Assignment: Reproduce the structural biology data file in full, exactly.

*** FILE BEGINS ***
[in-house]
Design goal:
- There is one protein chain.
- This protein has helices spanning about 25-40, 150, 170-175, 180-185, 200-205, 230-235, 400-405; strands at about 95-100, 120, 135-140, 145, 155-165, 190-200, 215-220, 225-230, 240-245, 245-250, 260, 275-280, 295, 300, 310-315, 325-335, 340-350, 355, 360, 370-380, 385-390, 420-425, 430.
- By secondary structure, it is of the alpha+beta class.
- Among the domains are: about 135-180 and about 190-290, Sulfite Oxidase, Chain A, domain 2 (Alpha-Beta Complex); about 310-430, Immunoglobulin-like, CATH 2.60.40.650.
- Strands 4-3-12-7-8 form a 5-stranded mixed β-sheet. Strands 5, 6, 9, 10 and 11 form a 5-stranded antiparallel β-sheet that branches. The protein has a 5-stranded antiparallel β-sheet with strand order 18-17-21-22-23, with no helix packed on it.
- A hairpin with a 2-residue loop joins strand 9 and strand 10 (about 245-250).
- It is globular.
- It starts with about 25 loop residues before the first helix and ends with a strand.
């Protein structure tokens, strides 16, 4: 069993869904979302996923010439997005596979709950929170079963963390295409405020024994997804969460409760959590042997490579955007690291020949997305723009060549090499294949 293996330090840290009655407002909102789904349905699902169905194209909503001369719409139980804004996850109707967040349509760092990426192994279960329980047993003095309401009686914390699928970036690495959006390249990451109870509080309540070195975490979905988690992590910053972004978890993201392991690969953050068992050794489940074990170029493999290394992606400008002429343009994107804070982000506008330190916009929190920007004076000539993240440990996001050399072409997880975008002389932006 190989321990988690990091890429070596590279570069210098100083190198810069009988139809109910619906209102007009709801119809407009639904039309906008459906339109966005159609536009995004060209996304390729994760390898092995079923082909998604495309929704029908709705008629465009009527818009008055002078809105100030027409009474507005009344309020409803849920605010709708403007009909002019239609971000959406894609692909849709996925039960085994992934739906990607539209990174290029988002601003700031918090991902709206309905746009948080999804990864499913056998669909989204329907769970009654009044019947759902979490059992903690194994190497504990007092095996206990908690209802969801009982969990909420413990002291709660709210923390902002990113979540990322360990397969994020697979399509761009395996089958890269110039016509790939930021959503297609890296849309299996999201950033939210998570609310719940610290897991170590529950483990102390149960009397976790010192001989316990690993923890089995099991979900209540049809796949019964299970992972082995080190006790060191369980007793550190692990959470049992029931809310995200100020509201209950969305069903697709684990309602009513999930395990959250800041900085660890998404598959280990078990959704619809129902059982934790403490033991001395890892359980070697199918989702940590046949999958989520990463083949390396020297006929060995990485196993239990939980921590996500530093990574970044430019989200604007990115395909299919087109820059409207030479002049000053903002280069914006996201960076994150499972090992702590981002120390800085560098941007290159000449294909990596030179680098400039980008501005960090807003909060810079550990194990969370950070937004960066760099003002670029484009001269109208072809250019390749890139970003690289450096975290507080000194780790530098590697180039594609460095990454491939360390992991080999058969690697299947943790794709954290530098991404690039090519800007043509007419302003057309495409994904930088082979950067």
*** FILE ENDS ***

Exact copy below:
[in-house]
Design goal:
- There is one protein chain.
- This protein has helices spanning about 25-40, 150, 170-175, 180-185, 200-205, 230-235, 400-405; strands at about 95-100, 120, 135-140, 145, 155-165, 190-200, 215-220, 225-230, 240-245, 245-250, 260, 275-280, 295, 300, 310-315, 325-335, 340-350, 355, 360, 370-380, 385-390, 420-425, 430.
- By secondary structure, it is of the alpha+beta class.
- Among the domains are: about 135-180 and about 190-290, Sulfite Oxidase, Chain A, domain 2 (Alpha-Beta Complex); about 310-430, Immunoglobulin-like, CATH 2.60.40.650.
- Strands 4-3-12-7-8 form a 5-stranded mixed β-sheet. Strands 5, 6, 9, 10 and 11 form a 5-stranded antiparallel β-sheet that branches. The protein has a 5-stranded antiparallel β-sheet with strand order 18-17-21-22-23, with no helix packed on it.
- A hairpin with a 2-residue loop joins strand 9 and strand 10 (about 245-250).
- It is globular.
- It starts with about 25 loop residues before the first helix and ends with a strand.
């Protein structure tokens, strides 16, 4: 069993869904979302996923010439997005596979709950929170079963963390295409405020024994997804969460409760959590042997490579955007690291020949997305723009060549090499294949 293996330090840290009655407002909102789904349905699902169905194209909503001369719409139980804004996850109707967040349509760092990426192994279960329980047993003095309401009686914390699928970036690495959006390249990451109870509080309540070195975490979905988690992590910053972004978890993201392991690969953050068992050794489940074990170029493999290394992606400008002429343009994107804070982000506008330190916009929190920007004076000539993240440990996001050399072409997880975008002389932006 190989321990988690990091890429070596590279570069210098100083190198810069009988139809109910619906209102007009709801119809407009639904039309906008459906339109966005159609536009995004060209996304390729994760390898092995079923082909998604495309929704029908709705008629465009009527818009008055002078809105100030027409009474507005009344309020409803849920605010709708403007009909002019239609971000959406894609692909849709996925039960085994992934739906990607539209990174290029988002601003700031918090991902709206309905746009948080999804990864499913056998669909989204329907769970009654009044019947759902979490059992903690194994190497504990007092095996206990908690209802969801009982969990909420413990002291709660709210923390902002990113979540990322360990397969994020697979399509761009395996089958890269110039016509790939930021959503297609890296849309299996999201950033939210998570609310719940610290897991170590529950483990102390149960009397976790010192001989316990690993923890089995099991979900209540049809796949019964299970992972082995080190006790060191369980007793550190692990959470049992029931809310995200100020509201209950969305069903697709684990309602009513999930395990959250800041900085660890998404598959280990078990959704619809129902059982934790403490033991001395890892359980070697199918989702940590046949999958989520990463083949390396020297006929060995990485196993239990939980921590996500530093990574970044430019989200604007990115395909299919087109820059409207030479002049000053903002280069914006996201960076994150499972090992702590981002120390800085560098941007290159000449294909990596030179680098400039980008501005960090807003909060810079550990194990969370950070937004960066760099003002670029484009001269109208072809250019390749890139970003690289450096975290507080000194780790530098590697180039594609460095990454491939360390992991080999058969690697299947943790794709954290530098991404690039090519800007043509007419302003057309495409994904930088082979950067």